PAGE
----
The nurse notes a marked difference between blood pressure recorded via an arterial line in one arm and non-invasive pressure recorded from the other arm. What may be causing this difference? Which reading will you use to guide management?
The difference in pressures may be caused by:
(a) error in intra arterial measurement due to
- zero error (poor calibration, drift, wrong height)
-poor system (long tubing, soft wall, narrow bore)
-local arterial stenosis, spasm, hypothermia, intense vasoconstriction, subclavian stenosis etc
(b) error in NIBP measurement
- wrong size cuff
- irregular pulse, AF (consecutive pulses required)
- subclavian stenosis
(c) lack of correlation because measures are from different sites and use different principles.
The candidate might have explained the oscillotonometric and invasive pressure recording principles to elucidate the problem.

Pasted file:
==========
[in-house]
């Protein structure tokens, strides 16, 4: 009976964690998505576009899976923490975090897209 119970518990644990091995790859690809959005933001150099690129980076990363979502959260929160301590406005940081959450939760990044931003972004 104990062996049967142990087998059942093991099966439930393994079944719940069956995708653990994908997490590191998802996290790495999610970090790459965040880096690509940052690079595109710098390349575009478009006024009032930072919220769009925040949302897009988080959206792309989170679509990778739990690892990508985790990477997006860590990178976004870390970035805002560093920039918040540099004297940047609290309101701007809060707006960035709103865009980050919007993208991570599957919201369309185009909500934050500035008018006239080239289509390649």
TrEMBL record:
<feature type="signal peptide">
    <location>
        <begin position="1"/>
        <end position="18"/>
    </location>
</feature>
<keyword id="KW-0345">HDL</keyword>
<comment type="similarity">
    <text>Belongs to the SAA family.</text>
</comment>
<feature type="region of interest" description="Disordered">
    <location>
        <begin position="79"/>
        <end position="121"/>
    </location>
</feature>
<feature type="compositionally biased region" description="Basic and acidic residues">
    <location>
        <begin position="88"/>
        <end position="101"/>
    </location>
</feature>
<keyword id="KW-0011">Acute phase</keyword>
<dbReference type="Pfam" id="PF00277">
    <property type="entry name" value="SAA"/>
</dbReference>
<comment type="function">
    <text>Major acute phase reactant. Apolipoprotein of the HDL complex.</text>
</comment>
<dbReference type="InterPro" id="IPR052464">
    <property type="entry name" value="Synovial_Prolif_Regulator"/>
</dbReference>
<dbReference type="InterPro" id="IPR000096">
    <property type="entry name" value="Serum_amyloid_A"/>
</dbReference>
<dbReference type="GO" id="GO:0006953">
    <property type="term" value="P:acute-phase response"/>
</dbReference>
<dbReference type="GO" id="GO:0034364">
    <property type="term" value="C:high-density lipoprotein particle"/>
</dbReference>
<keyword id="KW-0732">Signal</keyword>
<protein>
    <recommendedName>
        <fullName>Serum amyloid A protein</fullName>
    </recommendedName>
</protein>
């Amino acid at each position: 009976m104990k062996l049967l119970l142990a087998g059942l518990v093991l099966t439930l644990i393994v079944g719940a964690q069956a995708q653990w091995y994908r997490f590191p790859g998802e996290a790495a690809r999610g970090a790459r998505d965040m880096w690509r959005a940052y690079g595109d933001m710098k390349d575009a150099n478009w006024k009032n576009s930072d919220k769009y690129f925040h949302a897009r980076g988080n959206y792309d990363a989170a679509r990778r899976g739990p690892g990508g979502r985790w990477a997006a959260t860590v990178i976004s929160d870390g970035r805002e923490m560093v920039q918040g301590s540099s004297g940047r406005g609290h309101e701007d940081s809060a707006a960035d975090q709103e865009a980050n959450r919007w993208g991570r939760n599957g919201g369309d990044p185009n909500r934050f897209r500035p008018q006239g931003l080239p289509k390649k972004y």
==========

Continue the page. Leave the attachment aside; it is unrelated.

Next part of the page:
The choice of reading for clinical use depends on the above factors. Mean arterial pressure from the arterial lime in the absence of hypothermia, subclavian stenosis etc may be the most reliable. If there is doubt about this reading then a more proximal recording (eg femoral catheter or long brachial catheter or implantable transducer) may be necessary. In a vasculopath it would seem wise to trust the higher pressure.
This is a practical question.
The discrapancy can arise as a result of device factors, or patient factors.
I.e either the measurements are wrong, or the patient genuinely has different blood pressure in different limbs.
One can approach this systematically:
Which measurement would you choose? This is a judgement call.
One might wish to exclude all device-related problems before making a decision. Ultimately, one may wish to measure the NIBP manually on the same arm as the arterial line, noting the cuff pressure at the point at which the arterial trace goes flat.
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